Utah government, like most U.S. states, is divided into three branches: executive, legislative, and judicial. The current governor of Utah is Jon Huntsman, Jr. The governor is elected for a four year term. The Utah State Legislature consists of a Senate and a House of Representatives. State senators serve four year terms and representatives two year terms. The Utah Legislature meets each year in January for an annual forty-five day session. The Utah Supreme Court is the court of last resort in Utah. It consists of five justices, who are appointed by the governor, and then subject to retention election. The Utah Court of Appeals handles cases from the trial courts. Trial level courts are the district courts and justice courts. All justices and judges, like those on the Utah Supreme Court, are subject to retention election after appointment. Many of those who aren't religious and live in Utah would agree the Church of Jesus Christ of Latter-day Saints has a heavy influence on laws such as alcohol laws.
|2004||72% 663,742||26% 241,199|
|2000||67% 512,168||26% 201,734|
|1996||54% 361,911||33% 221,633|
|1992||43% 322,632||25% 183,429|
|1988||66% 428,442||32% 207,343|
Historically, politics in Utah have been controversial, such as the Federal government versus the LDS Church on the issue of polygamy. The LDS Church renounced polygamy in 1890, and in 1896 Utah gained admission to the Union. Many new people settled the area soon after the Mormon pioneers. Relations have often been strained between the LDS population and the non-LDS population. These tensions played a large part in Utah's history, such as (Liberal Party vs. People's Party).
The current governor of Utah is Jon M. Huntsman, Jr., a member of the Republican Party. He is a proponent of a flat tax, an opponent to same-sex marriage, while supporting the creation of a reciprocal beneficiary status for same-sex couples, and an opponent to intelligent design being taught in the classroom. He also receives high approval ratings from across the Utah political spectrum.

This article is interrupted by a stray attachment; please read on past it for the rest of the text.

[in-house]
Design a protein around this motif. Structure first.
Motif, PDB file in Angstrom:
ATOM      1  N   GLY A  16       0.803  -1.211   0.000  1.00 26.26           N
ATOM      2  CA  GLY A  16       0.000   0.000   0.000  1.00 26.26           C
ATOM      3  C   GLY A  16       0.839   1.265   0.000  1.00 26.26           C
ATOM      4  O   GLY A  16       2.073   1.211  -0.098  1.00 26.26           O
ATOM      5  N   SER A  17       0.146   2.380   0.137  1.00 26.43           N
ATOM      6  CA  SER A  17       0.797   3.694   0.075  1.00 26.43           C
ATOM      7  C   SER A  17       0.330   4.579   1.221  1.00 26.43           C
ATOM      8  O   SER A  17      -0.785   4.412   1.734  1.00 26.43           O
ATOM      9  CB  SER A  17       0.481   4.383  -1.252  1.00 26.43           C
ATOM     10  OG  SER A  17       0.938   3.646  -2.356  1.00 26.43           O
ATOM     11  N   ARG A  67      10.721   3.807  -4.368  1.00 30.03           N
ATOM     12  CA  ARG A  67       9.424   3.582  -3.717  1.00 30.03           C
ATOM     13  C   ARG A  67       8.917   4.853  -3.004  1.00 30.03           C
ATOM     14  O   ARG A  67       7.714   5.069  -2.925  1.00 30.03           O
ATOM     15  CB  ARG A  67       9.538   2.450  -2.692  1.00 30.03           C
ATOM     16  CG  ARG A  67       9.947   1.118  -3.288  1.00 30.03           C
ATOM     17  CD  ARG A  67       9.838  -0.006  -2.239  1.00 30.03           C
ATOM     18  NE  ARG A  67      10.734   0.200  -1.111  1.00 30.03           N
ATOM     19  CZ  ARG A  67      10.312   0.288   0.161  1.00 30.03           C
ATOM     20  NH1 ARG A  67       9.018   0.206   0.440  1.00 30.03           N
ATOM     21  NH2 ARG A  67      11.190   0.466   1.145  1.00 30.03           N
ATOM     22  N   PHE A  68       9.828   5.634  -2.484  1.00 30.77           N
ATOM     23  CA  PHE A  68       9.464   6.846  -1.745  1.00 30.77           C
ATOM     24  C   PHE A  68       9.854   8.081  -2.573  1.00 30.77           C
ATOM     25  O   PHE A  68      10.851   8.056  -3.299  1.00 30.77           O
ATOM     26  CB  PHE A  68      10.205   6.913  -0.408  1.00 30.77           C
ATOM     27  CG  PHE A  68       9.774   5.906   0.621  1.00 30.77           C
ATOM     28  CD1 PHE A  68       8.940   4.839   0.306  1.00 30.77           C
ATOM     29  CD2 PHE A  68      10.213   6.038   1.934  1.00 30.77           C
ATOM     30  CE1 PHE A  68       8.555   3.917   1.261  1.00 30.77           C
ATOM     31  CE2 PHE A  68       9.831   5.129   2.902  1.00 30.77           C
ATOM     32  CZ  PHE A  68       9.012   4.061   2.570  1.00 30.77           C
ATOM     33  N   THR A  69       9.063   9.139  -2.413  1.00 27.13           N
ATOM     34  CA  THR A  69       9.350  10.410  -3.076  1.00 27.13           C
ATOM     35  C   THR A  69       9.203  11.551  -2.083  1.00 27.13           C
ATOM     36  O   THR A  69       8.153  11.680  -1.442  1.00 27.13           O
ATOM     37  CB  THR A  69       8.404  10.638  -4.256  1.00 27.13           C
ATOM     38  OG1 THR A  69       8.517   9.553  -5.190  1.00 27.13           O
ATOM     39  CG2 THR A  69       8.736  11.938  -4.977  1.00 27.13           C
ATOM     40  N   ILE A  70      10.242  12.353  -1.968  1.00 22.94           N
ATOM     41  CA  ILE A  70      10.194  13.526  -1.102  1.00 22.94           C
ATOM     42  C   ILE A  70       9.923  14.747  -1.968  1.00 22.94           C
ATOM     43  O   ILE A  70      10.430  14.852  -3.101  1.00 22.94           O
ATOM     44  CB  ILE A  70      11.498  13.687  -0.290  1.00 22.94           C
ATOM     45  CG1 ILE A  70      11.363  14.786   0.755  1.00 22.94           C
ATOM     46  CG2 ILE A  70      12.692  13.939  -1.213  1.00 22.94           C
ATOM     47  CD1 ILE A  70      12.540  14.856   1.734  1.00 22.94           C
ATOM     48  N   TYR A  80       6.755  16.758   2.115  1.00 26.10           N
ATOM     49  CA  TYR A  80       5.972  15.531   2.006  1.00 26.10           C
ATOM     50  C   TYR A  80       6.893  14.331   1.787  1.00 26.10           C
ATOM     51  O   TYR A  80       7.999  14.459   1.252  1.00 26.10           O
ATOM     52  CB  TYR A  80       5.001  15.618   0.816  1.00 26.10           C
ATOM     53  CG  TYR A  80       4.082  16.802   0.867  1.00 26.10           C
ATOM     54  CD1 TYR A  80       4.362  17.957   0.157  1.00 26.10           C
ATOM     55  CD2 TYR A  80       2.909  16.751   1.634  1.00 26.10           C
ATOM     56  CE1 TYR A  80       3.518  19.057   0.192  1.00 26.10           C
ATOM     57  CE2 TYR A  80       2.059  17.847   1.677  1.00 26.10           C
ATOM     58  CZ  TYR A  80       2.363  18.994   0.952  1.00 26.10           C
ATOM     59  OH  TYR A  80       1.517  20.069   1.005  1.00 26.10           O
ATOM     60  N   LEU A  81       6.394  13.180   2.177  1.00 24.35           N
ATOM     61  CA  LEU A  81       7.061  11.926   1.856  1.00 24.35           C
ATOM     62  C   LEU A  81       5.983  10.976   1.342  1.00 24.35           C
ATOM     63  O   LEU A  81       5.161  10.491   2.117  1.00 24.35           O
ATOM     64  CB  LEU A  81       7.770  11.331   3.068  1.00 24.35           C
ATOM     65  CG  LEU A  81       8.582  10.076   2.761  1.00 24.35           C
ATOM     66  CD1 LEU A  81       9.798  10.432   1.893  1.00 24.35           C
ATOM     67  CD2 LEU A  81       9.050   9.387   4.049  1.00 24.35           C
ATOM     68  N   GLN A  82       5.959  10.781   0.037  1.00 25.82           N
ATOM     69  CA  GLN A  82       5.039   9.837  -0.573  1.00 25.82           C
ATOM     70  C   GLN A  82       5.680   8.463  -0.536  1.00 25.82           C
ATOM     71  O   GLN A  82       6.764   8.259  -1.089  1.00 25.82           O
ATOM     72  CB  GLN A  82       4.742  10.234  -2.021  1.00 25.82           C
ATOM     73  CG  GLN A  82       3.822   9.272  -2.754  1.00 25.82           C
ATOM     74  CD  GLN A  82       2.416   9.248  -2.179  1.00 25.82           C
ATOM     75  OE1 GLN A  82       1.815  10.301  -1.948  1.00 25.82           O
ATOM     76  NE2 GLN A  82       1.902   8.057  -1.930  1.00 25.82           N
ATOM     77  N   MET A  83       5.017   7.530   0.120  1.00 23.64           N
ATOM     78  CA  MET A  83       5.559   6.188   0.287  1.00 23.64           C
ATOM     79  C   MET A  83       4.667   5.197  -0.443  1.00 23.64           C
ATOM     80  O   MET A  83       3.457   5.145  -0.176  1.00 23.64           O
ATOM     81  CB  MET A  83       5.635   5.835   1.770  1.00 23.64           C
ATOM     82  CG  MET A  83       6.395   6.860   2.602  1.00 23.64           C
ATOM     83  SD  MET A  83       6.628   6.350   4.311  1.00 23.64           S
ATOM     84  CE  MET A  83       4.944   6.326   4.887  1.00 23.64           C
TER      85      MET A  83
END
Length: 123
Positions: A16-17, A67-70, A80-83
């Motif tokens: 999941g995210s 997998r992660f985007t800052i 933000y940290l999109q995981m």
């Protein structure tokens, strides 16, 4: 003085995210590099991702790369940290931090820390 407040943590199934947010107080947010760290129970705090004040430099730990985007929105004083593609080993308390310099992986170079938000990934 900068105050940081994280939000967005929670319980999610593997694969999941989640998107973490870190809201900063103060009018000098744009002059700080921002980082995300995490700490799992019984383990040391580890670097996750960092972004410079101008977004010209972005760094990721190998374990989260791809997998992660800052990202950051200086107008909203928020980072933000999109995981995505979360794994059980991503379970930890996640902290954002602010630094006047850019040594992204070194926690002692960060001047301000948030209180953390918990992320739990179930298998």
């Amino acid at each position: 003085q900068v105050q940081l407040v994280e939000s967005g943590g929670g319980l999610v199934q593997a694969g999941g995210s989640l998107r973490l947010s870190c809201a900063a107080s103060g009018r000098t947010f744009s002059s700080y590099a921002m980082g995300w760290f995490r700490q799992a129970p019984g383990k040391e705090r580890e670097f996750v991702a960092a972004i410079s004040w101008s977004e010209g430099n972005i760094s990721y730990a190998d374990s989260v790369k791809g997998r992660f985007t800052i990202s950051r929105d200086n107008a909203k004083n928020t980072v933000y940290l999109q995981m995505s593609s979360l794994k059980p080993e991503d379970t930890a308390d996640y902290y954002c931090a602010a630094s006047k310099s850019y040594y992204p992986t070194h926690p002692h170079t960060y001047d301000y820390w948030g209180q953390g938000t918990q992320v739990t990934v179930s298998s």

Both of Utah's U.S. Senators, Orrin Hatch and Robert Foster Bennett, are Republican. Two more Republicans, Rob Bishop and Chris Cannon, as well as one member of the Democratic Party, Jim Matheson, represent Utah in the United States House of Representatives.
While the LDS church maintains an official policy of neutrality in regards to political parties and candidates, Utah votes predominately Republican. Self-identified Latter-day Saints are more likely to vote for Republican ticket than non-Mormons, and Utah is one of the most Republican states in the nation. The connection between the LDS Church and the Republican Party of Utah is controversial.
In the 1970s, then-Apostle Ezra Taft Benson was quoted by the Associated Press that it would be difficult for a faithful Latter-day Saint to be a liberal Democrat. Although the LDS Church has officially repudiated such statements on many occasions, Democratic candidates—including LDS Democrats—believe that Republicans capitalize on the perception that the Republican Party is doctrinally superior. Political scientist and pollster Dan Jones explains this disparity by noting that the national Democratic Party is associated with progressive positions on gay rights and abortion, both of which the LDS Church is against. The Republican Party in heavily Mormon Utah County presents itself as the superior choice for Latter-day Saints. Even though Utahn Democratic candidates are predominantly LDS, socially conservative, and pro-life, no Democrat has won in Utah county since 1994. David Magleby, dean of Social and Behavioral Sciences at Brigham Young University, a lifelong Democrat and a political analyst, asserts that the Republican Party actually has more conservative positions than the LDS Church. Magleby argues that the locally conservative Democrats are in better accord with LDS doctrine. For example, the Republican Party of Utah opposes almost all abortions while Utah Democrats take a more liberal approach, although more conservative than their national counterparts. On Second Amendment issues, the state GOP has been at odds with the LDS Church position opposing concealed firearms in places of worship.
In 1998 the Church expressed concern that Utahns perceived the Republican Party as an LDS institution and authorized lifelong Democrat and Seventy Marlin Jensen to promote LDS bipartisanship.
Utah is much more conservative than the United States as a whole, particularly on social issues. Compared to other Republican-dominated states in the Mountain West such as Wyoming, Utah politics have a more moralistic and less libertarian character according to David Magleby.
|2004||57% 473,814||42% 350,841|